* MouthOfSauron: Moussa Ibrahim was Gaddafi's chief spokesman, and often briefed the international media during most of the conflict, only disappearing when Tripoli itself fell....leaving those same reporters he used to brief every day at the mercy of [[TheRemnant the loyalist guards]] at the hotel, who held them hostage for days until the Red Cross negotiated their collective release.
* NearVillainVictory: His forces were at the outskirts of Benghazi before the NATO airforce showed up.
* NoOntologicalInertia: Gaddafi died, and the Libyan state died with him.
* PathOfMostResistance / RevealingCoverUp: Making headways into Sirte with no sign of Gaddafi, the rebels begun speculating that he might have already left the country. And then they stumbled on a loyalist safehouse that put up a much tougher fight.
* PermanentElectedOfficial: Averted. Gaddafi served as Secretary-General of the General People's Congress (or Head of State) after the revolution in 1967 but resigned from the post in 1977. [[BlatantLies Part of his argument against standing down (the demand of the initial protests) was that he didn't have an official office to resign from]].
* RasputinianDeath: The precise details are uncertain, but apparently this is how things went: his convoy was strafed by French warplanes, he was hit in the legs, he fled and was captured, and was shot at least two more times in the torso and head. It's not known if he was hit by stray fire or just executed.
* TheRevolutionWillNotBeBureaucratized: After Gaddafi's fall, the National Transitional Council (consisting mostly of dissidents and intellectuals and ex-bureaucrats) tried to stabilize the situation, with only limited and distant support from the very nations that brought it to power, and even less support from the rebel groups distrustful of any authority. The result was this, leading to Libya's current situation.
* TheSiege: The city of Misrata, third largest in Libya, was under siege by Gaddafi's forces for most of the war. Not only was it one of the most iconic events of the war itself (with many comparisons to the likes of Stalingrad at the time), but the rebels breaking of that siege was the turning point of the whole war, with Gaddafi on the retreat from then on.
* VillainousBreakdown / SanitySlippage: Just when the world thought the guy couldn't get any crazier, he started ranting about the uprising against him by his own people being fueled by Zionist agents, imperialist foreign powers and LSD,note while accusing the Western countries of orchestrating the whole thing in an insidious plot to destroy Libya's air conditioners.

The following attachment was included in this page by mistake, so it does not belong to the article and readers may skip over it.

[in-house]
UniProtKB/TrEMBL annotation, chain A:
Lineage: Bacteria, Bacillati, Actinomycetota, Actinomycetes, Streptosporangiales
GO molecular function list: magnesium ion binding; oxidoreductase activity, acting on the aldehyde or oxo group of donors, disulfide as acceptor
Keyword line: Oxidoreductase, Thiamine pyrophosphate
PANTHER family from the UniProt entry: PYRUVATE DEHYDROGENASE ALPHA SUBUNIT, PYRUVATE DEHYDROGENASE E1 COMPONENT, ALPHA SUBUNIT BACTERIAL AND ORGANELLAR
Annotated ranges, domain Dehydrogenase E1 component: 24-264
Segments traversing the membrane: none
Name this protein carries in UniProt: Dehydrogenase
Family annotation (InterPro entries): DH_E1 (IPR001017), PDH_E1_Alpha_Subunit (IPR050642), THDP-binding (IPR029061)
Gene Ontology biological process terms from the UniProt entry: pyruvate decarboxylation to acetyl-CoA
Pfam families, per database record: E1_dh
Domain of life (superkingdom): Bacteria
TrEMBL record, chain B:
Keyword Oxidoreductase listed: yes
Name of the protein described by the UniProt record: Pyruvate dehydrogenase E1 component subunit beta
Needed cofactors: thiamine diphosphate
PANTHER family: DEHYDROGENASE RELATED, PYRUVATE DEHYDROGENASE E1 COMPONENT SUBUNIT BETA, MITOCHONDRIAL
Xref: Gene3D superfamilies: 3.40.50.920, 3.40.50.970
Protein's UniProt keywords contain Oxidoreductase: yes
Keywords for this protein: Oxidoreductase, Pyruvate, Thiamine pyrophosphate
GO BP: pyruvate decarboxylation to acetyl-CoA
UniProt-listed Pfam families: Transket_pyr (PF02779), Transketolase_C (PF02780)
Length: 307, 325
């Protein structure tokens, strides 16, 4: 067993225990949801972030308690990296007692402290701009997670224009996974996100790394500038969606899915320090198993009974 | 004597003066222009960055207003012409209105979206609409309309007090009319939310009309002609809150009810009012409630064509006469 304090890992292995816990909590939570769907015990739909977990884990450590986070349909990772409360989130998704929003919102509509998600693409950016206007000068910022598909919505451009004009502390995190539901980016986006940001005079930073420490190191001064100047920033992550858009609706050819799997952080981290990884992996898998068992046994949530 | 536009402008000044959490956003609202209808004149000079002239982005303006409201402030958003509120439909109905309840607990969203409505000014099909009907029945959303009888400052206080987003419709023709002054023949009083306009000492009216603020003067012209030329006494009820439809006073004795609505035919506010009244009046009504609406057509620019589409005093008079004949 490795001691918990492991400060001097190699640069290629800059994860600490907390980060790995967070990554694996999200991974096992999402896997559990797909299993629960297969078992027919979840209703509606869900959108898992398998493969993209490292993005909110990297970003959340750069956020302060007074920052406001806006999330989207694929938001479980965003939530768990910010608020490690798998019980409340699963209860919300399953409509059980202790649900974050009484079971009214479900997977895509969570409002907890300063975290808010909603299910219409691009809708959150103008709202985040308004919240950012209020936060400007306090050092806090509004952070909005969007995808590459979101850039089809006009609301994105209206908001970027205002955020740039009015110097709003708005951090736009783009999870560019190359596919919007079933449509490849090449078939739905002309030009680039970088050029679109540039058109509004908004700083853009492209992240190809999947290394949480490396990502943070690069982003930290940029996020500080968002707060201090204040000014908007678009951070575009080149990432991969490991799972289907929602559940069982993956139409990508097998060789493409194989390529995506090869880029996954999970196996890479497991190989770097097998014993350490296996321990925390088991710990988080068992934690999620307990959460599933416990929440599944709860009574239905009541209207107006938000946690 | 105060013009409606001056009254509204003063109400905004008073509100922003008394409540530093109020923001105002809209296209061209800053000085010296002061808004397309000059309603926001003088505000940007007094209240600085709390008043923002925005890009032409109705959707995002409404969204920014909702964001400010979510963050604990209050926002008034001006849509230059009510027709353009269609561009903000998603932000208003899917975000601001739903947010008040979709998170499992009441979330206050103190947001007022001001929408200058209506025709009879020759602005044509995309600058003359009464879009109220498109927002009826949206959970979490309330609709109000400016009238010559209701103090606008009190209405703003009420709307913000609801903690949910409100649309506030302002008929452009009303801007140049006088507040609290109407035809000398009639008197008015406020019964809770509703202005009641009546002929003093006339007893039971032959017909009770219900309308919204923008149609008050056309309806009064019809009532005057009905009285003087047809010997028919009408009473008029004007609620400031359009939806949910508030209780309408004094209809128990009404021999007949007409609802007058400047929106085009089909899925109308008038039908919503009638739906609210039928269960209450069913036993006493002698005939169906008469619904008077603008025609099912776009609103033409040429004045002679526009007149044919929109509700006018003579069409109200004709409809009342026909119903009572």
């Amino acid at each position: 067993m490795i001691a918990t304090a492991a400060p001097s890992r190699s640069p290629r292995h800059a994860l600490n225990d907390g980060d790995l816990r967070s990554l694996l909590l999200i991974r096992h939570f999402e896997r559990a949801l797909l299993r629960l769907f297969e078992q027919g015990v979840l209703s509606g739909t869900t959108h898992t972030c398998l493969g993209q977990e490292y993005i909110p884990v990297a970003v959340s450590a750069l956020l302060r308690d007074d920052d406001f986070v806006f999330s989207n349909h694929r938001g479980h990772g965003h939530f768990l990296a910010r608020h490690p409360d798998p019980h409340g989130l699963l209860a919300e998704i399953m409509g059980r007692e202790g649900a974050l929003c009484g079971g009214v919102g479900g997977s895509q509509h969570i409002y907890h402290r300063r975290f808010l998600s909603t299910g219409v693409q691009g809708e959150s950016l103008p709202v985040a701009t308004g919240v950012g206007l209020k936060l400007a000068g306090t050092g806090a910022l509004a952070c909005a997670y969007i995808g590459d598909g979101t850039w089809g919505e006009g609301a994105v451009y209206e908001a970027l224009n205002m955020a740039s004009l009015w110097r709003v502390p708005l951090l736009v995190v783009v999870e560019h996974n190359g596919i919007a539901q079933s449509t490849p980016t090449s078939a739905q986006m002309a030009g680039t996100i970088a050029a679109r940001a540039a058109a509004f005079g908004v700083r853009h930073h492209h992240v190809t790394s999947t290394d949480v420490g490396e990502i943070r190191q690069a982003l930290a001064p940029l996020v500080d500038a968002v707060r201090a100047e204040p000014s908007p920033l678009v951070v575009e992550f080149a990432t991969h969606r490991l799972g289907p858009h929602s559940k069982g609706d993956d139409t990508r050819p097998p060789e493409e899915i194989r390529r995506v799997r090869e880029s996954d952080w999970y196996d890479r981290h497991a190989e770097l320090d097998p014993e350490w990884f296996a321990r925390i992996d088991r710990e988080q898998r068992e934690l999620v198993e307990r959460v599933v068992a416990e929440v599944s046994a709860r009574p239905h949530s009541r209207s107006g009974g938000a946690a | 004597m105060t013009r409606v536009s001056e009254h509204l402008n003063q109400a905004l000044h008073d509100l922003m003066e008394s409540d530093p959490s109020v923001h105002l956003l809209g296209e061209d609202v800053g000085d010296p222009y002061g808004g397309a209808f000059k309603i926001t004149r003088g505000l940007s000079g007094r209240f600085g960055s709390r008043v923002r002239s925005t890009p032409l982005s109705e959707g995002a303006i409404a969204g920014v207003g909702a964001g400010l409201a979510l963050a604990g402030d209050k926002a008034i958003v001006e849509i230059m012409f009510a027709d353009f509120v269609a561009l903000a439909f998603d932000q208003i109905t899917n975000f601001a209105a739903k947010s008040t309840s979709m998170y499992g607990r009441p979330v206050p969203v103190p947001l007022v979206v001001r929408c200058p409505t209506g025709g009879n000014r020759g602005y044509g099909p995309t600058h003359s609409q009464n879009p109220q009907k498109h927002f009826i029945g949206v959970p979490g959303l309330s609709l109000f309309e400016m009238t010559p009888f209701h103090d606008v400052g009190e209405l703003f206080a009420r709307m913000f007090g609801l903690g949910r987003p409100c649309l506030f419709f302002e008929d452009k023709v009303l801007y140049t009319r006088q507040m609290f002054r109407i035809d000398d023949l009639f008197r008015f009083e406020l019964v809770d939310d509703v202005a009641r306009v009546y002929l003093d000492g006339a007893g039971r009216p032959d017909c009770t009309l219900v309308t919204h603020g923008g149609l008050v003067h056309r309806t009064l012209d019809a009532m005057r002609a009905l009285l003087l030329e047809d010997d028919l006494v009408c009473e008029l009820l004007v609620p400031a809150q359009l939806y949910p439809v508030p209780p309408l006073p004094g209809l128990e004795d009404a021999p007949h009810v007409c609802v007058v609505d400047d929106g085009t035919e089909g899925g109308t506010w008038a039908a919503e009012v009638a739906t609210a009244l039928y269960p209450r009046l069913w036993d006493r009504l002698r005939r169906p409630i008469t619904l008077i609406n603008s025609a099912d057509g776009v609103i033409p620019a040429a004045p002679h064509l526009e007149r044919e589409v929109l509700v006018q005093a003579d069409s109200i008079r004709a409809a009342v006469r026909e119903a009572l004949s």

** This was just the tip of the iceberg for this trope. The more his power slipped, the more his sanity devolved. Many dictators get hit by this pretty hard when their power is threatened, and Gaddafi just fell significantly faster than most.
** Of particular interest is the speech he gave while sitting in a broken car in a blown up building holding an umbrella, a large part of which was him commenting on the rain. No, we don't get it either.
** After being deposed, he issued an epic rant which just screams this trope. In it he made three very conflicting points at once, including basically saying "fuck you" to Libya while encouraging them to rise up and rebel against the, well, rebels.

* AggressiveNegotiations: In what was known as "Kneel Or Starve", Assad would surround a rebellious neighborhood or town, pummel them with artillery, and prevent any food from getting in or any people from getting out...until the rebels in question, starving and no longer able to fight, surrendered. Sometimes the rebels (without weapons) would be allowed to leave, and sometimes they'd be locked up instead, in a FateWorseThanDeath, given the nature of Syrian prisons. This tactic was later used by the rebels themselves, whenever they'd takeover a loyalist or ISIS-held town.
* AmazonBrigade: The Syrian Kurdish militias have made it a point to show that a LOT of their fighters are women. They fight in their own units as well as with the men.
* BewareTheQuietOnes: When Bashar al Assad took over his father Hafez's role as Syria's president, everyone thought he'd reform the government and make it democratic. He didn't, but he also was a lot less antagonistic toward his own people, so it was assumed when the Spring began there, that'd he'd buckle immediately (he was popular enough that people weren't calling for his ouster initially, just reform) and Syria would go the path of Algeria. Sadly, he proved that just because he wasn't a LargeHam like Gaddafi, who had fallen around the time the revolt in Syria began in earnest, didn't mean he wasn't as (and, as history has shown, ''more'') dangerous than the Libyan dictator.
* CivilWar: And one of the most brutal ones in recent memory, with at leasr a quarter million dead and 11 million chased out of their homes (and half of THEM are now refugees elsewhere).
* DeadlyGas: Assad gassed rebel neighborhoods with deadly Sarin nerve gas in August of 2013, prompting the international community to defang his chemical arsenal. This, unfortunately, hasn't stopped him or other factions (most notably Daesh) from creating and using simpler and cruder chemical weapons, like chlorine and mustard gas.
* DraftDodging: Increasingly a problem for Assad....